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:: The Daughter

The past and an old friend catch up with an unemployed father who ends up with a different type of job on his hands. Simon Stone makes his directorial debut bringing to screen his stage adaptation of The Wild Duck, and the Australian scenery offers ample space for his actors to pace around and melodramatically scream into the air. Yes, these actors get to really act, and the walking scenes – often from behind the head, set to heightened music – are walks to remember.

Returning home for his father’s wedding, Christian (Schneider) reconvenes with childhood buddy Oliver (Leslie), leading to an all-night boozy catch-up and what’s already a contender for best vomit scene in a 2016 film. Talk of Oliver’s early, adventurous years surprises his teenage daughter, Hedvig (Young), but not so much his wife Charlotte (Otto) and father (Neill). Christian mentions a “secret” he’s been meaning to tell Oliver, but will he?

Of course, in any drama all dirty laundry must be aired, especially in a story structured around a 19th century Ibsen play. And on the surface, The Daughter – with its “this is how I feel” dialogue” – can feel ordinary, before the very human bitterness rises to the surface. It’s not what the secret is, but why reveal it. Schneider’s terrific performance delves into a mean core disguised by the fabric of an amiable exterior, as well as his ability to break down completely – it reminds me of the scene in All the Real Girls when he starts punching the ground in agony.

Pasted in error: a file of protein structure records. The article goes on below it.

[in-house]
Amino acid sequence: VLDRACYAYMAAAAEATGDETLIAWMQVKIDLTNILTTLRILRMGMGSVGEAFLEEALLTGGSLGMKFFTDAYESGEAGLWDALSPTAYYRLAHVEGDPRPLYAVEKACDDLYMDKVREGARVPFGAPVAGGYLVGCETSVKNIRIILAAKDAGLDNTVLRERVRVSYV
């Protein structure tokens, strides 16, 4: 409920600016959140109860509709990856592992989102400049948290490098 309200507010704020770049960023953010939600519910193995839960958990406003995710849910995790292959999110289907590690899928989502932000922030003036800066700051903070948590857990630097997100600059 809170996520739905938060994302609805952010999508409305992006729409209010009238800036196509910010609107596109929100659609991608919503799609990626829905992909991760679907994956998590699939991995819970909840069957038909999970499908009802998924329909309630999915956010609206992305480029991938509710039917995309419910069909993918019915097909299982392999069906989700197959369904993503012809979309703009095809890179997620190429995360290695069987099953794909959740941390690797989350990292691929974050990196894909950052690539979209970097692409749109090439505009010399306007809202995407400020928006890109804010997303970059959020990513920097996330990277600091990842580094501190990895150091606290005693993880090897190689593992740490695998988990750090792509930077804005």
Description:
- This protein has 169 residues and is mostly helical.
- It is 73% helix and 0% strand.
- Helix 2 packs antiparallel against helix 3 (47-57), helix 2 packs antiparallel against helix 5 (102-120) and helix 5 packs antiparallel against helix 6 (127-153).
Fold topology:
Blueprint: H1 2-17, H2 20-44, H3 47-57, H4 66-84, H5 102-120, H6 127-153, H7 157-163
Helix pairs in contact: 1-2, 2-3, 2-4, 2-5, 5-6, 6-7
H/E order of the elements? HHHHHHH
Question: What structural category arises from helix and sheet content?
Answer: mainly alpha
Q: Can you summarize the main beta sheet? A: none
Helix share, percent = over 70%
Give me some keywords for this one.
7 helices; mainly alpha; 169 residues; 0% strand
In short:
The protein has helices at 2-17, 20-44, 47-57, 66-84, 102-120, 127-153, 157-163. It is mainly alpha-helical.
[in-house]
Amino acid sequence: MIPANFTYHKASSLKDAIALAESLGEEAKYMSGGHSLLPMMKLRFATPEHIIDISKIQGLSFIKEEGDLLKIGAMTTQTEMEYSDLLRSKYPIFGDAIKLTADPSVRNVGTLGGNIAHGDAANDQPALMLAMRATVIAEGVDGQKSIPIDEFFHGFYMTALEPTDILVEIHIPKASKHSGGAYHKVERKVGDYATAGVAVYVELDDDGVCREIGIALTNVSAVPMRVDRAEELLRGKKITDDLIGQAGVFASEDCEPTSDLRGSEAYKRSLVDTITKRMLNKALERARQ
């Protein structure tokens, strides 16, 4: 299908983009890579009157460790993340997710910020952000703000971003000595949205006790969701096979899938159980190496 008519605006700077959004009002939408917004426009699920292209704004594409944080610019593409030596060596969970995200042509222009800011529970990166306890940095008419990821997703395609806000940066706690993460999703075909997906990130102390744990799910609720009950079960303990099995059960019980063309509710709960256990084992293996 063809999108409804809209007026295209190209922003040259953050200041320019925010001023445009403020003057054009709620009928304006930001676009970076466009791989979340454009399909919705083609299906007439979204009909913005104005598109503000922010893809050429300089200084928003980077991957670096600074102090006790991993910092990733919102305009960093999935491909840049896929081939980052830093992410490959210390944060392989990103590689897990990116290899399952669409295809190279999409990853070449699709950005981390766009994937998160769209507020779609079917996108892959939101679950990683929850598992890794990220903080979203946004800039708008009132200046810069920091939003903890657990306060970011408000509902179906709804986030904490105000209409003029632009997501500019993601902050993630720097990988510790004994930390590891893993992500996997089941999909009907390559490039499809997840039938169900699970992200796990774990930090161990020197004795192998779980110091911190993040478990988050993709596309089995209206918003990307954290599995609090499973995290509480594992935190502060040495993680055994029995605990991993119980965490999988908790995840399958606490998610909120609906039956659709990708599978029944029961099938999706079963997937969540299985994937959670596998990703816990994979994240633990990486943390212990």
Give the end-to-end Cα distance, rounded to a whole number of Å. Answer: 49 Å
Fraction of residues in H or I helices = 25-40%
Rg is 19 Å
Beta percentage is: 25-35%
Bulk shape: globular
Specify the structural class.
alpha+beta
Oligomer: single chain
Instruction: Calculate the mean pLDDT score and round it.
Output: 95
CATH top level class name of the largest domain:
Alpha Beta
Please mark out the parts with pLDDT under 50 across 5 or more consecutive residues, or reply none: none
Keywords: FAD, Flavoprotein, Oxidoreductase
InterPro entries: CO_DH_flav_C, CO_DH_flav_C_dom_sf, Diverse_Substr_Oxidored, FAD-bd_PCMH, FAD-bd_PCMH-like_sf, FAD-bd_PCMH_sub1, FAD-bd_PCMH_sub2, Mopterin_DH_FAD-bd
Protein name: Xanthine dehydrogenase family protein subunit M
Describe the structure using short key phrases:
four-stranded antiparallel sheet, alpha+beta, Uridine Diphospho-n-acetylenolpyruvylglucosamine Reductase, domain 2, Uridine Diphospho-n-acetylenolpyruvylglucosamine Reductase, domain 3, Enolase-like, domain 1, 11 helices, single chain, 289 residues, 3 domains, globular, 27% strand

The acting is superb, headed by two Antipodean heavyweights in Rush and Neill, both in restrained less-is-more modes. The 16-year-old Odessa Young, as the titular daughter Hedvig, is a passionate addition exploring a new-found sexuality and shooting cans with her boyfriend using her grandfather’s shotgun – one that has a role to play in forthcoming events. But she also cares for her own sanctuary of injured animals.

This is also a breakout performance for Ewen Leslie, who starred in Stone’s original stage production. He symbolizes how Stone has made that rare leap from stage to screen that lacks evidence of adaptation. He’s devastating at showing the unravelling of the doggedly upbeat Oliver, cruelly subdued by past events as the film enters its final stages. To reveal more would be churlish. This is a thriller in which secrets hide behind the shadows like shot-gun wielding murderers.